The Knight Intervenors raise the objection that affirmative recall would violate the equal protection clause of the fourteenth amendment, as interpreted in Wygant v. Jackson Board of Education, 476 U.S. 267, 106 S. Ct. 1842, 90 L. Ed. 2d 260 (1986). In Wygant, the district court upheld a collective bargaining agreement between the Board of Education and the teacher union which protected minorities from layoffs. There had been neither admission nor adjudication of racial discrimination by the school district, yet the district court held the contract allowing preferential treatment for racial minorities in layoffs to be justified on the basis of "societal discrimination." The Wygant Court held that there must be convincing evidence of prior discrimination to justify a governmental unit's use of racial classification to remedy the discrimination.

 By contrast, a specific finding of racial discrimination in staffing by PCSSD was made by this court and affirmed by the Eighth Circuit Court of Appeals. Little Rock School District v. Pulaski County Special School District, 778 F.2d 404 (8th Cir. 1985). That finding is the principal distinction between this case and Wygant. However, the analysis cannot end with a finding of prior discrimination by PCSSD. The Wygant court made it clear that in any event the remedy must be "narrowly tailored" to remedy the wrong. Because racial classification triggers "elevated," if not strict, scrutiny, the means chosen to accomplish the government's purpose must be specifically framed to accomplish the goal. United States v. Paradise, 480 U.S. 149, 107 S. Ct. 1053, 94 L. Ed. 2d 203 (1987). A number of factors must be considered in determining whether a remedy involving racial classification is narrowly tailored including: "The necessity for the relief and the efficacy of alternative remedies, the flexibility and duration of the relief, including the availability of waiver provisions; the relationship of the numerical goals to the relevant labor market; and the impact of the relief on the rights of third parties." Paradise, 107 S. Ct. at 1067.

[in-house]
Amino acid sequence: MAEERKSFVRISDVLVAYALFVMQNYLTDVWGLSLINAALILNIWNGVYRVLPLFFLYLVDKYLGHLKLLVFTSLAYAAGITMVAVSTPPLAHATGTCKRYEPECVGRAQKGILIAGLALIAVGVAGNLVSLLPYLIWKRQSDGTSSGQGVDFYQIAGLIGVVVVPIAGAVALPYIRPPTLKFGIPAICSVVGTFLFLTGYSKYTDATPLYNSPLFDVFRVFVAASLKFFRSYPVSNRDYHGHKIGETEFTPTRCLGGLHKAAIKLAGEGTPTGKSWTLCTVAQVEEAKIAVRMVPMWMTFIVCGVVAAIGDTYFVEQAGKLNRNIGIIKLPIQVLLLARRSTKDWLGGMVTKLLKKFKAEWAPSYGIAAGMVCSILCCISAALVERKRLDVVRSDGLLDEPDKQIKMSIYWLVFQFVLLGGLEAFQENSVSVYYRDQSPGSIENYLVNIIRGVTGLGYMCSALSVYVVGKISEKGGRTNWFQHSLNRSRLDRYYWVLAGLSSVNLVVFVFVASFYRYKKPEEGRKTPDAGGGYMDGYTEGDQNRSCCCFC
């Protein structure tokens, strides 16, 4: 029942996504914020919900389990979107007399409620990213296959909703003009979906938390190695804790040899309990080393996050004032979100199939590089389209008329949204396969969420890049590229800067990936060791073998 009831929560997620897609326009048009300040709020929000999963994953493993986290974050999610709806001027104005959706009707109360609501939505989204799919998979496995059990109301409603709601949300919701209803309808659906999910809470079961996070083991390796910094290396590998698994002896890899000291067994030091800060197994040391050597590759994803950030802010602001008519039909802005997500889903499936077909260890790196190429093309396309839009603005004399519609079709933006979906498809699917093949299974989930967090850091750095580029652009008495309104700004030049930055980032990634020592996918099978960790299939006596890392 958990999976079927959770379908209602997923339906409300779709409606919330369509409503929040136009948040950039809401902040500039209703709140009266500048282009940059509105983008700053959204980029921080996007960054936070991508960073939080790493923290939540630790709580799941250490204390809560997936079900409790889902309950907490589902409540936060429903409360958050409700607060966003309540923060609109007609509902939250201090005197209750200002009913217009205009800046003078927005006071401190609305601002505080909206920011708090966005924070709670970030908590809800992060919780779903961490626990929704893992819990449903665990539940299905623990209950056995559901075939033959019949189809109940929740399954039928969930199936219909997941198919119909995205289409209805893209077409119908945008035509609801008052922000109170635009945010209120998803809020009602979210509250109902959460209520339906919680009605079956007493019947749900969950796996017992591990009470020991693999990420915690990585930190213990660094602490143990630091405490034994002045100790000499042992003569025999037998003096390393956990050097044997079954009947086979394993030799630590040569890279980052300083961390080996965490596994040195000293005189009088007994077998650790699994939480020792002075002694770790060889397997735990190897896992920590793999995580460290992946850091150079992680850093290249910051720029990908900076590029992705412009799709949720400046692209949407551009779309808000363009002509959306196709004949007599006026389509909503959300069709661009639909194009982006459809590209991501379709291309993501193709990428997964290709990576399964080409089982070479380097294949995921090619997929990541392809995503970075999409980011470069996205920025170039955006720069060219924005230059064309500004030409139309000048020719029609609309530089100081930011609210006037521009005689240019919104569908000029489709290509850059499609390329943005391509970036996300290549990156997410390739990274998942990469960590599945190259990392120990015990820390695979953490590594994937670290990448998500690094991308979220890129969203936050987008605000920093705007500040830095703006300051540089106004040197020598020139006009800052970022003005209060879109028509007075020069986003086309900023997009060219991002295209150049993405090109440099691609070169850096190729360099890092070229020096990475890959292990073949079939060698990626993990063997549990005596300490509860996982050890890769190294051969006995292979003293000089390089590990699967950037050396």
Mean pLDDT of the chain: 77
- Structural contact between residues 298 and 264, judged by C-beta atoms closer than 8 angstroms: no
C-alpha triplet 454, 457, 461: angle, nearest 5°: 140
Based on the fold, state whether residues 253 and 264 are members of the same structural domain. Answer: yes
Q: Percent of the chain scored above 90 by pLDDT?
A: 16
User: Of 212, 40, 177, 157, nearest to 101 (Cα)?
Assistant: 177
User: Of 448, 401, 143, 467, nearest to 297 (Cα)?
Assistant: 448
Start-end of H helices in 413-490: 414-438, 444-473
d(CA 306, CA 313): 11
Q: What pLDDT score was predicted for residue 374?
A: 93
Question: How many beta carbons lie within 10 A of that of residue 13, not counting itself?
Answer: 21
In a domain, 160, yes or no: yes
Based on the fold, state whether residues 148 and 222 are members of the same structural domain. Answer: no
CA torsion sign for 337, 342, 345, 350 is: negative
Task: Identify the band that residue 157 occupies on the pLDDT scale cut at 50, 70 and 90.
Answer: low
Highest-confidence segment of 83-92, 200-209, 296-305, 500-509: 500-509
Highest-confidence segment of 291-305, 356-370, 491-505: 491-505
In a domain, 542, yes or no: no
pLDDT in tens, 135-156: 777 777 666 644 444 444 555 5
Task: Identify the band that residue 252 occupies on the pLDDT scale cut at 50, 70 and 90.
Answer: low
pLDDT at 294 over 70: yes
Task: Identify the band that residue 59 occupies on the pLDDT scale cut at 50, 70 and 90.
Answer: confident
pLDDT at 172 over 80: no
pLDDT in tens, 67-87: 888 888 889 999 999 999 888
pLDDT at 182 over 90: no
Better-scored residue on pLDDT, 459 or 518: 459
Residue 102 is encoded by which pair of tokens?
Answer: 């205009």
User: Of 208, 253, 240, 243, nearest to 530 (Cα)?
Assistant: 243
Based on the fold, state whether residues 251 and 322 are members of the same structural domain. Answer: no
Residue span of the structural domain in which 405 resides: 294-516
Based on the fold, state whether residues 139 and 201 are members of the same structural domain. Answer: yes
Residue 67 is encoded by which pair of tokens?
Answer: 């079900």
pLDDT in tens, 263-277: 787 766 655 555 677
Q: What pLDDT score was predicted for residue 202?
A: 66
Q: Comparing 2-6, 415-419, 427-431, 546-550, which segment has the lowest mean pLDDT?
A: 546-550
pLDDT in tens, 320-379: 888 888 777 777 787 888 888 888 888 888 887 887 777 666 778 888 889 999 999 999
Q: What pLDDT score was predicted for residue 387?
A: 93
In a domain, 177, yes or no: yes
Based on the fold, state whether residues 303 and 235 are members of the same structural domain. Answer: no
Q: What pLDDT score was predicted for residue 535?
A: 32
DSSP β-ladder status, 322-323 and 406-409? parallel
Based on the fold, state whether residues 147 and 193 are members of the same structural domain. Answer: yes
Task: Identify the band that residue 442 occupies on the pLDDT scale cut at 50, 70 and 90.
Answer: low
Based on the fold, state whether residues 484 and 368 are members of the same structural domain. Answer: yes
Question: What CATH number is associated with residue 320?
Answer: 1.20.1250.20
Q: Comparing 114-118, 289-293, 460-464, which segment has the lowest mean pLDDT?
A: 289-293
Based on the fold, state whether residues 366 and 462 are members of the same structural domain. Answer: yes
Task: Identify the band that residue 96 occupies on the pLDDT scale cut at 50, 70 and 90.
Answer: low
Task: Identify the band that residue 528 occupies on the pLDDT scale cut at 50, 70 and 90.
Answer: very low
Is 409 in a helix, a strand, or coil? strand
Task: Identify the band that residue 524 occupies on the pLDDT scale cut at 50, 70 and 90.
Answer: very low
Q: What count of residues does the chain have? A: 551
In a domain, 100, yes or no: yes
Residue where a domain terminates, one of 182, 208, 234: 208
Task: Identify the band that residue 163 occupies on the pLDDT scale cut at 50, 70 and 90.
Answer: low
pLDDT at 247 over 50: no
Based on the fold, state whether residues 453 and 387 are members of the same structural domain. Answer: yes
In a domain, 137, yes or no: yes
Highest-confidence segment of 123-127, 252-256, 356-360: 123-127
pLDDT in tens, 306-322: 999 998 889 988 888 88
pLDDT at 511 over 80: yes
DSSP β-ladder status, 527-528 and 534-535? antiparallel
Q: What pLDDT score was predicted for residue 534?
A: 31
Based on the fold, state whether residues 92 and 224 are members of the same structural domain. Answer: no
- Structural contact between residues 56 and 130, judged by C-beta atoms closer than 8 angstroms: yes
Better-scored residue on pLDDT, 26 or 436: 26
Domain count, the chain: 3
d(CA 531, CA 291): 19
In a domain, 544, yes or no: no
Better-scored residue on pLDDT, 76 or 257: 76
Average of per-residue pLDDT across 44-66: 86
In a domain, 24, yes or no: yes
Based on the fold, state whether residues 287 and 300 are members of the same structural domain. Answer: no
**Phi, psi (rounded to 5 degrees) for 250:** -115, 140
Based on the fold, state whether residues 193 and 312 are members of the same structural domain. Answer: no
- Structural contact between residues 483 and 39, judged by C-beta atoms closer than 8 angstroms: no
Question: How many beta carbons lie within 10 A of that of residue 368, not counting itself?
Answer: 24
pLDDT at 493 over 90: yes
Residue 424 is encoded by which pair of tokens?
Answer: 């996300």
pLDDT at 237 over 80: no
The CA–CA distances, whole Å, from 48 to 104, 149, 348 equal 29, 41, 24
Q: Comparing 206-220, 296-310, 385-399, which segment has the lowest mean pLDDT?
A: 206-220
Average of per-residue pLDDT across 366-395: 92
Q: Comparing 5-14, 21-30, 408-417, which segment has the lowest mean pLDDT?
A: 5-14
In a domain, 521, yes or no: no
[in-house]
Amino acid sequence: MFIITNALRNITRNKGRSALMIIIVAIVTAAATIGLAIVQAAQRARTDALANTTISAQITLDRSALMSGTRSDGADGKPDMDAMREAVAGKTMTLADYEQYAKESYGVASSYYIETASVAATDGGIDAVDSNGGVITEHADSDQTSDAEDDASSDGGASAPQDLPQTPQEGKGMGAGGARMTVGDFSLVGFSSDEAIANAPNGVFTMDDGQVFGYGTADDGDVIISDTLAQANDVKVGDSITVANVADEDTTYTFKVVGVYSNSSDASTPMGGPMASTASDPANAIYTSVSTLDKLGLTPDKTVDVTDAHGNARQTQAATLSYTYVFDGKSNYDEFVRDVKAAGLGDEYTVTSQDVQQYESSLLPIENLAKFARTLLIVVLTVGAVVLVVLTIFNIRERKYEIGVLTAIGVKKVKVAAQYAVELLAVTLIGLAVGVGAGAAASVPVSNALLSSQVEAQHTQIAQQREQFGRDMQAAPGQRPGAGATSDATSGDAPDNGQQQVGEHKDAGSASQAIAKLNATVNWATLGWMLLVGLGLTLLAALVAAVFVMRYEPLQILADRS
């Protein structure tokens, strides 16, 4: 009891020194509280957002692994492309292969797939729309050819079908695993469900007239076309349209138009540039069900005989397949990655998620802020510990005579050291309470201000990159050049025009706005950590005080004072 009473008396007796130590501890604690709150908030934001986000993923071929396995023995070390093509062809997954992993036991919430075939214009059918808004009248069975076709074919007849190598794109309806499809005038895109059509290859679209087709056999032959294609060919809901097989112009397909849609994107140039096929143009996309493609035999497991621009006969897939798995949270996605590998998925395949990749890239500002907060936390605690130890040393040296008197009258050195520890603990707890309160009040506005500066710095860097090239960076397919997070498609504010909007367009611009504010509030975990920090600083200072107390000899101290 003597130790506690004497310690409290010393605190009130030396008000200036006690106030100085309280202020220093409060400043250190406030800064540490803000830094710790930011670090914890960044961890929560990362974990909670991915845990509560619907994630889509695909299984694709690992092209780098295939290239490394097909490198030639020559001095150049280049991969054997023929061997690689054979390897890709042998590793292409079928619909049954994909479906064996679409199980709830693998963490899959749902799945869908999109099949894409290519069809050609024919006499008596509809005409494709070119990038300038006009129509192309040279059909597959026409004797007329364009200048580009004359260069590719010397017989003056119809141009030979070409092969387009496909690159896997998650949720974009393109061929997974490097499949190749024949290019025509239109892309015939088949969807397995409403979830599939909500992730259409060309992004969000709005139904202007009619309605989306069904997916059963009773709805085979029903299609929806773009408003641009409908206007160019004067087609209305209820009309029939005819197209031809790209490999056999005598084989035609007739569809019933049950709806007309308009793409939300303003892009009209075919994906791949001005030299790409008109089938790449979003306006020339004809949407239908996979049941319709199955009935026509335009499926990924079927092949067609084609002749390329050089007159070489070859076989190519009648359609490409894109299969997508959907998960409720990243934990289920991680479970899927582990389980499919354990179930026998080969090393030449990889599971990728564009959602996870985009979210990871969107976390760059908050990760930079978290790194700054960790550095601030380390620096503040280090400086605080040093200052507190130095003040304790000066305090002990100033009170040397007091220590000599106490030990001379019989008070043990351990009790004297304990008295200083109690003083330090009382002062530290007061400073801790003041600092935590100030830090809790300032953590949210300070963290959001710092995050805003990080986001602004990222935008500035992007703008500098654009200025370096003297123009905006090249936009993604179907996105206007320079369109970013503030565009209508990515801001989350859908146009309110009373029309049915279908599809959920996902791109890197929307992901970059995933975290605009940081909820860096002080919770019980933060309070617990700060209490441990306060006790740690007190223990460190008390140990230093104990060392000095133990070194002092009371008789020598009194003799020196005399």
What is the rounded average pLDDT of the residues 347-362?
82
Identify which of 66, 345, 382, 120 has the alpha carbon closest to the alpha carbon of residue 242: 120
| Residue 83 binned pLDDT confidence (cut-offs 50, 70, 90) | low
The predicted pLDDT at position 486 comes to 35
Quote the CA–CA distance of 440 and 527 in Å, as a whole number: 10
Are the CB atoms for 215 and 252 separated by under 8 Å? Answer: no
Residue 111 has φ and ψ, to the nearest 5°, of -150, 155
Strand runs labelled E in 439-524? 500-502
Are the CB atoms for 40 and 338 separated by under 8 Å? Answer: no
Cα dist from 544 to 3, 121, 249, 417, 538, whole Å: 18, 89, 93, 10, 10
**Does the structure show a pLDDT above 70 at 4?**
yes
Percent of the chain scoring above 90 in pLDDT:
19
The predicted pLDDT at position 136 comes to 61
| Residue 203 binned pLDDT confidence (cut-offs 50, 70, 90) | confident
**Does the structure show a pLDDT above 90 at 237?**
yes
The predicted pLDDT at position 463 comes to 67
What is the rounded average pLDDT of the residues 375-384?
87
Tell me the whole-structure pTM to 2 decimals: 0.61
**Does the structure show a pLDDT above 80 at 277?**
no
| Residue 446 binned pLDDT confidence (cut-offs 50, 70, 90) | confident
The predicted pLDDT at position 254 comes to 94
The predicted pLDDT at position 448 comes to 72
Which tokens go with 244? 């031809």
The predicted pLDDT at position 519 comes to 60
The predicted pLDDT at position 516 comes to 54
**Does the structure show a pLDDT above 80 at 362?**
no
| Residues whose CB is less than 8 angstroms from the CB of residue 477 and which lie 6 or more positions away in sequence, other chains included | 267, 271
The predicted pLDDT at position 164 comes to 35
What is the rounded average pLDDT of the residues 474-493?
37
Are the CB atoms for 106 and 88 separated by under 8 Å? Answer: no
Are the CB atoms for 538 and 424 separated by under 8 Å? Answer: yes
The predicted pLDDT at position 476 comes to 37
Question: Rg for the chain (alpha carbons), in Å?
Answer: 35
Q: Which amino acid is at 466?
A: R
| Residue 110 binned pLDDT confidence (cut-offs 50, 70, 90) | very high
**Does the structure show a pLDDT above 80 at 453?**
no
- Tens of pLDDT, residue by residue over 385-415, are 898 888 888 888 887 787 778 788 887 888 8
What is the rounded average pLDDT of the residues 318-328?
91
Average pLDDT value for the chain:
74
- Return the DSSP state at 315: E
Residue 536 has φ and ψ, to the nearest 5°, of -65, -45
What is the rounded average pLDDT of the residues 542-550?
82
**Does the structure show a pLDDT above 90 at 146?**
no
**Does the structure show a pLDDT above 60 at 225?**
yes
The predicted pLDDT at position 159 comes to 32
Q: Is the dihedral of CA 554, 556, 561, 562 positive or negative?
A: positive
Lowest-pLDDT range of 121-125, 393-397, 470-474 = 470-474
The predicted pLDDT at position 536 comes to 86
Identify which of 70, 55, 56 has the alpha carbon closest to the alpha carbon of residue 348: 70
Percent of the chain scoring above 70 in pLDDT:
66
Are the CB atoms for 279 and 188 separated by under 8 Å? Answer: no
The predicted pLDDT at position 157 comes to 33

The PCSSD desegregation plan was submitted to this court prior to and without benefit of the Court's decision in Wygant. The PCSSD plan, as noted supra, correlates its percentage of black staff to its percentage of black students. The Court in Wygant makes it clear that such a correlation is faulty and cannot stand up to the elevated level of scrutiny which must be applied. The Court found "no apparent connection between the two groups" and held that, "The proper comparison . . . was 'between the racial composition of [the school's] teaching staff and the racial composition of the qualified public school teacher population in the ...